The course analyses the Sicilian Mafia through an historical, social and cultural perspective, tracing its progression from the National unity of Italy to the present day. An analysis of the sociological aspects of the mafia is considered essential, including “the code of silence” or omertà, the many different ways of violence, the social relationships within the organization, the role of women in Cosa Nostra, the way Mafiosi communicate with each other and the external world, the structures of power, the businesses of the mafia, and the relationships between mafia, politics, and religion.





History of  Renaissance Italy

Through examination of the historical and philosophical aspects of the Italian Renaissance, this course considers major cultural developments in their historical contexts. In addition to basic political history, the course also focuses on developments in music, the arts, literature, science and changes in society. The situation in several Italian city-states will be compared to developments in the rest of Western Europe, leading students to consider the significance of the term "Renaissance" itself.


History of Modern Italy

This course examines the principle events behind the unification of Italy while considering the problems it has raised. The rise of the Fascist movement and the government of Mussolini will be studied in contrast to opposition movements on the Left. Post-WWII recovery and difficulties in the Italian Republic will be studied in contrast to the Italian tradition of the city-state, such as the contention between Rome, the Vatican and the rest of the country, and the North-South divide.





History and Politics of the European Union

The course is based on an analysis of  the European unification process in a political-economic perspective. The course considers the period from the Bretton Woods agreement to the rise of the European Monetary Union and analyzes the evolution of the international economic relations of the European countries, in particular towards the U.S.A.  Focal topics of the course are intra-European relations, international financial history of the whole period, and International monetary relations.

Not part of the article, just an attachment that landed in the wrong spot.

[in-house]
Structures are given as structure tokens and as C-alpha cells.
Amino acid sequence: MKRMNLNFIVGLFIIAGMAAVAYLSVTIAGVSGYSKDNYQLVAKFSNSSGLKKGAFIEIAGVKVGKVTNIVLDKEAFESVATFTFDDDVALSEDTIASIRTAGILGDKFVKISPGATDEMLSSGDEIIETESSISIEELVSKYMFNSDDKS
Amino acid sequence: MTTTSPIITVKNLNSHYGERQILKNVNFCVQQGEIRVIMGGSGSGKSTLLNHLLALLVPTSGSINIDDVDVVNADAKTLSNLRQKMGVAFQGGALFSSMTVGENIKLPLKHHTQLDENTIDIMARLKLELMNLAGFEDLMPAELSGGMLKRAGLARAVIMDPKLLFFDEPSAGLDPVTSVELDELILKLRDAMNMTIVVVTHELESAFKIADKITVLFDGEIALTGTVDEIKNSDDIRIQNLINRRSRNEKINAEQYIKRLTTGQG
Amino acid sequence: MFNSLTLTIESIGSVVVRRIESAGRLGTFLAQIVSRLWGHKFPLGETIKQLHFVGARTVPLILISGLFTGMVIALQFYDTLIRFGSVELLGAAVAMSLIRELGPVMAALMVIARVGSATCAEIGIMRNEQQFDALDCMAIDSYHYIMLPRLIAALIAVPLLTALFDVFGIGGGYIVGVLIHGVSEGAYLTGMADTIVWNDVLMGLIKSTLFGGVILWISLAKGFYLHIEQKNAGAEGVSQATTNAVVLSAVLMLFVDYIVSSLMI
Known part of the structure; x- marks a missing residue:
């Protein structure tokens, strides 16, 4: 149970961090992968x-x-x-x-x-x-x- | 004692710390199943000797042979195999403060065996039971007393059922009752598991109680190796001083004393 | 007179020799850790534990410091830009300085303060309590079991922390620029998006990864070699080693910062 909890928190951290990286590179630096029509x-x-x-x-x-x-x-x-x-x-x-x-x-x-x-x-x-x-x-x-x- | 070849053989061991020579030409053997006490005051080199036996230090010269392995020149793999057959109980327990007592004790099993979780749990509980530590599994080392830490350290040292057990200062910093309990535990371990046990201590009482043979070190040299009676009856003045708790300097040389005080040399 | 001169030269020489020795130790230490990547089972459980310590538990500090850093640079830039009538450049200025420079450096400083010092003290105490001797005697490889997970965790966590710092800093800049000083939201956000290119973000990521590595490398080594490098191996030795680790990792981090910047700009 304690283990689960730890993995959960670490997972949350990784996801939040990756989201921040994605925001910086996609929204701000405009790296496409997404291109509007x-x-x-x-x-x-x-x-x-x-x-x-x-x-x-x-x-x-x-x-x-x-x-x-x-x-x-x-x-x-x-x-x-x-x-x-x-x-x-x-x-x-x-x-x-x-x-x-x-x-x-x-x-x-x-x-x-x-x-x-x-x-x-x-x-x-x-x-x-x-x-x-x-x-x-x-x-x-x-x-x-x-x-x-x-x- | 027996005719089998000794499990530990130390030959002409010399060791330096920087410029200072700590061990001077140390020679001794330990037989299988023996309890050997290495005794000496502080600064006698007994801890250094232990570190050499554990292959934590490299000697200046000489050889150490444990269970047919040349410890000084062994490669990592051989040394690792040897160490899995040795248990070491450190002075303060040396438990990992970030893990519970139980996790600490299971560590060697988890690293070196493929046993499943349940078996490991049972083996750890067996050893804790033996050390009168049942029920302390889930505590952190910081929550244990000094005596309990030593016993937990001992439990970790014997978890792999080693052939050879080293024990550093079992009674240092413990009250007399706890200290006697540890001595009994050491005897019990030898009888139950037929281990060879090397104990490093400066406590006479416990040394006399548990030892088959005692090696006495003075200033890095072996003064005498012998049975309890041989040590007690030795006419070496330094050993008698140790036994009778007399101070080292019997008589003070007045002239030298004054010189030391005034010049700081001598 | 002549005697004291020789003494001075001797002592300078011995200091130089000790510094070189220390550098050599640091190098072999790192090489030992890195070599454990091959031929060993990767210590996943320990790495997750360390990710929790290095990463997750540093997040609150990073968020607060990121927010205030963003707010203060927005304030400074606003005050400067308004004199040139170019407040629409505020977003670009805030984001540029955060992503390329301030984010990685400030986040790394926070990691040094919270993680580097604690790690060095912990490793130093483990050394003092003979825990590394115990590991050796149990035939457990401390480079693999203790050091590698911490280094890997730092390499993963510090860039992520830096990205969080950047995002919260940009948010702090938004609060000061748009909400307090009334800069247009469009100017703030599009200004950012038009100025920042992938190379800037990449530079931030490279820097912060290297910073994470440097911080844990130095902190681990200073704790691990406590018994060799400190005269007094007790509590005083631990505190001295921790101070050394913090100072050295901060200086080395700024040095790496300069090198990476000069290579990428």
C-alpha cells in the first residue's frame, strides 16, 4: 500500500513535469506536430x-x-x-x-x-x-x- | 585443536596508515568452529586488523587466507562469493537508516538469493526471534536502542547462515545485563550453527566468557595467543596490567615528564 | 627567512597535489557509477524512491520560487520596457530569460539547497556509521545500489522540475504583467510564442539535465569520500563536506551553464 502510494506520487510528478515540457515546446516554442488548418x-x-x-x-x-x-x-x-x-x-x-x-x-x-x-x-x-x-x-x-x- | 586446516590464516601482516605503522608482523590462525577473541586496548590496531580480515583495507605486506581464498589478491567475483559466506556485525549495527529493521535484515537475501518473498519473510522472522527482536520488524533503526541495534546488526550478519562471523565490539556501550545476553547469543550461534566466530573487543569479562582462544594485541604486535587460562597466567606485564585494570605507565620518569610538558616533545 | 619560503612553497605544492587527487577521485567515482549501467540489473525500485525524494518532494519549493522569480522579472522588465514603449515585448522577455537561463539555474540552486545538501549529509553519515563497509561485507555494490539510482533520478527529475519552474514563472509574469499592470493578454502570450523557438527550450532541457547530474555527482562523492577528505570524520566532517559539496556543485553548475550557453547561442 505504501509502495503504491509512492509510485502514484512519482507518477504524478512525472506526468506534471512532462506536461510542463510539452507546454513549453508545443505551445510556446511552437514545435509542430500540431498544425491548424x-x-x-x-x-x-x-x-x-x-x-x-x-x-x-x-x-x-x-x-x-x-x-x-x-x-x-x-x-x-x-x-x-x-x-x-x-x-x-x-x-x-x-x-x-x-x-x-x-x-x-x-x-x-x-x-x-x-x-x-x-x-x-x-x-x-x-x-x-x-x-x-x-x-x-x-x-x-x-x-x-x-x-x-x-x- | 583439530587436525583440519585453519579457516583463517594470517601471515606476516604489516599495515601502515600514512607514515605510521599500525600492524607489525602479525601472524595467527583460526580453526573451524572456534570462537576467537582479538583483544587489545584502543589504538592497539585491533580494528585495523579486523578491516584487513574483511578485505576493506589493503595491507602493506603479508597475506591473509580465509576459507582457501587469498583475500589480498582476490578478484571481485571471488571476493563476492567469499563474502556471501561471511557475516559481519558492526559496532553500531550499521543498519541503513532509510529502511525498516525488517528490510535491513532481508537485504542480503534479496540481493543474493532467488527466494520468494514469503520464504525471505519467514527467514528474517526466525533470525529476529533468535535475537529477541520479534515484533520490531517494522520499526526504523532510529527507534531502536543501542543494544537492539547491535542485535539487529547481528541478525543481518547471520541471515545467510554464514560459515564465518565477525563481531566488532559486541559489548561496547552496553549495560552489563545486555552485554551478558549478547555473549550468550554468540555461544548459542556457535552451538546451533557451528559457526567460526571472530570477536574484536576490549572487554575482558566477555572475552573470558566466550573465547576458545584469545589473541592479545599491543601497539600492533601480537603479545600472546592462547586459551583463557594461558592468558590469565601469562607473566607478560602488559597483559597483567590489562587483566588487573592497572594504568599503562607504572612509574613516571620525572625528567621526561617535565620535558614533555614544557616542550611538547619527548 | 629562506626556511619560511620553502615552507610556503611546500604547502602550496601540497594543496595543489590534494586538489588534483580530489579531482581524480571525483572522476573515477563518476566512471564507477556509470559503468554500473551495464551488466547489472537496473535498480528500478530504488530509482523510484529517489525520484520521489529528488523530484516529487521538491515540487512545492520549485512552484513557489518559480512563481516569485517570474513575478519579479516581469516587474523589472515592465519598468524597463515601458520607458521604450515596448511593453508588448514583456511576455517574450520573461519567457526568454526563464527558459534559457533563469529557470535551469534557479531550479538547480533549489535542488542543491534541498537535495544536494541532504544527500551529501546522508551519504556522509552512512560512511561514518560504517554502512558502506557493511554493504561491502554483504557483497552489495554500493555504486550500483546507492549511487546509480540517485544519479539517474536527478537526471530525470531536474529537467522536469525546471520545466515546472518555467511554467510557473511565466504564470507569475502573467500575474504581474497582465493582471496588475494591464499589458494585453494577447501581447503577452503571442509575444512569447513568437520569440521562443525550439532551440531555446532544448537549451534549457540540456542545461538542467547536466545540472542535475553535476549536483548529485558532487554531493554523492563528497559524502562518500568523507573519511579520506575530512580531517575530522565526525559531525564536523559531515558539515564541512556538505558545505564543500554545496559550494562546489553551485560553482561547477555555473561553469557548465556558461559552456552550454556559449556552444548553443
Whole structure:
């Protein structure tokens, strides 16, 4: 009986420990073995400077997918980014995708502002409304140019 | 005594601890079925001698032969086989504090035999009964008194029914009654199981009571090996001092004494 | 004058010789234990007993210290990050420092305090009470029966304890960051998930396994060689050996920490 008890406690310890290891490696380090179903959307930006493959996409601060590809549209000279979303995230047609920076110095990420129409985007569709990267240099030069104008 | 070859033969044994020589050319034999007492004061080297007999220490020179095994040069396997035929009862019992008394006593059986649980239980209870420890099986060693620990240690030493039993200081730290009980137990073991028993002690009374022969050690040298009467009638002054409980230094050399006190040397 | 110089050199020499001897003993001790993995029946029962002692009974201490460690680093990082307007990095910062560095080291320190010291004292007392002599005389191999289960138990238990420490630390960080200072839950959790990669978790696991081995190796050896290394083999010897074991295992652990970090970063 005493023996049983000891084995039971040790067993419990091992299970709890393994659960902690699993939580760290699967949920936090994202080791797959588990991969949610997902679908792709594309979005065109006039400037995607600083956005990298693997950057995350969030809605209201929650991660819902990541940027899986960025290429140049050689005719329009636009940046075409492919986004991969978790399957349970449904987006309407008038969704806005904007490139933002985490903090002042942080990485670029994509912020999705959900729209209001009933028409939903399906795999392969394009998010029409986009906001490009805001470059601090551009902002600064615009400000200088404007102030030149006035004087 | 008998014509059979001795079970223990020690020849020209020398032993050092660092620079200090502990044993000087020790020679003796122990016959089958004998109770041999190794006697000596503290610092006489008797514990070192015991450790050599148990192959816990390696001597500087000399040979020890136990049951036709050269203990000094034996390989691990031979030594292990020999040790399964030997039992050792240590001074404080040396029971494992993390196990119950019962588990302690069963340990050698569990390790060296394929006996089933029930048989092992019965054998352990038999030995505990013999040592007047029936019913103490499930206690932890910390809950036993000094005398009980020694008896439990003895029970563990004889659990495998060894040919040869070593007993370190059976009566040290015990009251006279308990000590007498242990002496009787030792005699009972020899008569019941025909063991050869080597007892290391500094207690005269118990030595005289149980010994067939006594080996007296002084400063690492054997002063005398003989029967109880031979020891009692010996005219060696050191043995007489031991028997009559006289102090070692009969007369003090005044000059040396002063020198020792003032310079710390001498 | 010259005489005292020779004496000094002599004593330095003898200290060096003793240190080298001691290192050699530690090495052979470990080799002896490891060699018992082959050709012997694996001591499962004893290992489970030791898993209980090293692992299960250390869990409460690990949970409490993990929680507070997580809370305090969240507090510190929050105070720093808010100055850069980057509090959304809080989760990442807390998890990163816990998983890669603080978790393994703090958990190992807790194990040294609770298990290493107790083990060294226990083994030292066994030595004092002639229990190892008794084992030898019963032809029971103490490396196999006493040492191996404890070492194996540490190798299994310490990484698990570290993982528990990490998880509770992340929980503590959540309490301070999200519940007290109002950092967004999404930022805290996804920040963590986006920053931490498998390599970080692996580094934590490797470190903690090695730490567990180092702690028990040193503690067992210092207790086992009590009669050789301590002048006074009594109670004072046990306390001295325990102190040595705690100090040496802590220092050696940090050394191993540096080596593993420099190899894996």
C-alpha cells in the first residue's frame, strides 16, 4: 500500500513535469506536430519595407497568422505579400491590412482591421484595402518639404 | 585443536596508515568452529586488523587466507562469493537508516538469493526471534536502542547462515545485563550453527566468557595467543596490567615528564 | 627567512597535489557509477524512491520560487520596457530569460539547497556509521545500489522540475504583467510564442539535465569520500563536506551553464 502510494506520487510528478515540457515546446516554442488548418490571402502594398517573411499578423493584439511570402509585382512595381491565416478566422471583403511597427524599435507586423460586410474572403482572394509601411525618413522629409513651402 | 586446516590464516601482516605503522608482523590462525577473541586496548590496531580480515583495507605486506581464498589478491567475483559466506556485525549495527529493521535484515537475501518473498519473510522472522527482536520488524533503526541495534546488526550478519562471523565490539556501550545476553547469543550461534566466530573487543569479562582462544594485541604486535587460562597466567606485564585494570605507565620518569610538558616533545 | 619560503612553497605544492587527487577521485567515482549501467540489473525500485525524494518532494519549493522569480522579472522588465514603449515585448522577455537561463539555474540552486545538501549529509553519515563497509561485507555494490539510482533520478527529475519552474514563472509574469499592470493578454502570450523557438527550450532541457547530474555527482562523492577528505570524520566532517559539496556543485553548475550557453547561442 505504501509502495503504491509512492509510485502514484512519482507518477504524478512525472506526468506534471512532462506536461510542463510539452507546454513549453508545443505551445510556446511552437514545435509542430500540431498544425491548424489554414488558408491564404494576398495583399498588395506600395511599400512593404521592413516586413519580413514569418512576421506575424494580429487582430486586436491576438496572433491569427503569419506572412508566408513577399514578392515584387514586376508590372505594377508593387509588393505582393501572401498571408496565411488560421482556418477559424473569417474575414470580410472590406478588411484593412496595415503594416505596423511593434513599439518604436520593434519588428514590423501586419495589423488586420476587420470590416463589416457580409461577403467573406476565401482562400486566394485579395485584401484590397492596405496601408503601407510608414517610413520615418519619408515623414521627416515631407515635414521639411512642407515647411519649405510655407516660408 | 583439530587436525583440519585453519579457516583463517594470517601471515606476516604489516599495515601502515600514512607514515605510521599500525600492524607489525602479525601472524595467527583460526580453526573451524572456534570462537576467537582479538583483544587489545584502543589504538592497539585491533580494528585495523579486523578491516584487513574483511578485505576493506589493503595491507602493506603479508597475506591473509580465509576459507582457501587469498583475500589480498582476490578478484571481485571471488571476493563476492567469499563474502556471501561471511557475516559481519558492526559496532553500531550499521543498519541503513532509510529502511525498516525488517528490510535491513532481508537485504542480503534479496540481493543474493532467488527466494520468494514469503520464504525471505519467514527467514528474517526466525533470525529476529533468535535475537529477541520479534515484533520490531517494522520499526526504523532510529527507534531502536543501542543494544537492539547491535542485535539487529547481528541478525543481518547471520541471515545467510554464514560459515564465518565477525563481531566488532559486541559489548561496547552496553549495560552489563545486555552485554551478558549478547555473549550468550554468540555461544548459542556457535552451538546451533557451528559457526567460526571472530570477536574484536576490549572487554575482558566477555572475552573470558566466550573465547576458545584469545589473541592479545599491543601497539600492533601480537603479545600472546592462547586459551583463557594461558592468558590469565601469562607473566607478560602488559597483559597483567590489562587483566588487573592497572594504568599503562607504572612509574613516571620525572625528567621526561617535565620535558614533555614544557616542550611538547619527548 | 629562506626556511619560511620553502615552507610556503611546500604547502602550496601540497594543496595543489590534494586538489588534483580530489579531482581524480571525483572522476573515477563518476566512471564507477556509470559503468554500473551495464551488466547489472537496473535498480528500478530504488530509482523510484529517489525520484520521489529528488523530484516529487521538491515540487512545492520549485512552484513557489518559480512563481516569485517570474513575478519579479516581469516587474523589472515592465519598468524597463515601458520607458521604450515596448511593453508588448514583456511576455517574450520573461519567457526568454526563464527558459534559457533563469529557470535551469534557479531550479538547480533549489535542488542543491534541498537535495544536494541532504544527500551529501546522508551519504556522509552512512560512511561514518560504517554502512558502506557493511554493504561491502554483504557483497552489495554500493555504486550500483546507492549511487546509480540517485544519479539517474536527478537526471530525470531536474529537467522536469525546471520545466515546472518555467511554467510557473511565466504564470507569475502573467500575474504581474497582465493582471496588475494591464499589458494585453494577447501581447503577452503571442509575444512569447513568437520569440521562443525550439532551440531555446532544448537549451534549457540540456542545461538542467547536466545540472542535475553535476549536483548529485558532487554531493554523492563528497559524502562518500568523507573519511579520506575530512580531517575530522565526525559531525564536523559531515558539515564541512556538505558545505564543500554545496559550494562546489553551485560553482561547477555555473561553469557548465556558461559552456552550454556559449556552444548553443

Lectures will be devoted to understanding the evolution of European politics and economy from the conflicts that generated World War II, to the development of a common policy.


Politics of Modern Italy

This course examines the main features of Italy's development from unification in 1870 until the Second World War. This course serves as an introduction to studies on contemporary Italy and involves the study and analysis of selected speeches and documents in Italian in order to familiarize students with the fabric of history and political discourse. Among the topics discussed are: the birth of Political Catholicism; Giolitti and Italian Liberalism; the development of the left through the reformism of Turati to the Maximalism of Serrati; the formation of the Italian Communist Party; the rise of Mussolini, the consolidation of Fascism and its domestic and foreign policies.


Italian -American Relations in the 20th Century

The course will examine the relations between Italy and the United States from the 1891 New Orleans incident to the present. Pivotal topics will be the controversy over Fiume at the end of World War I, U.S. appeasement toward the Fascist regime, World War II and its consequences, the role of the United States in Italy's postwar reconstruction, American opposition to the Italian Communist Party with specific attention to the 1948, 1953, and 1976 parliamentary elections, the attitude of the United States toward the so-called opening to the Left, and Italy's participation in NATO from the Cold War to the aftermath of the collapse of the Communist regimes in  Western Europe. The lobbying activities of Italian Americans in the United States to the benefit of their ancestral country will also be analyzed.





Political Geography of Europe

Europe is experiencing tremendous political, social and economic change with the continued growth of the European Union and the transition to free-market economies in Central and Eastern Europe. During this period, Europe has been described as both one and many as the region experiences movement toward both unification and division.

The physical environment, demographic issues, political systems, cultural landscapes, urban and regional development are major themes to be explored. The course material will examine all of Europe, however, emphasis will be placed on Western Europe, the Mediterranean Basin and the role of Italy within Europe.


Historical and Political Geography of Italy

The course has an interdisciplinary approach, presenting the relation between the different layers of time (History) as they happened within space (Geography), with a particular focus on Central Italy between Renaissance and the nineteenth century.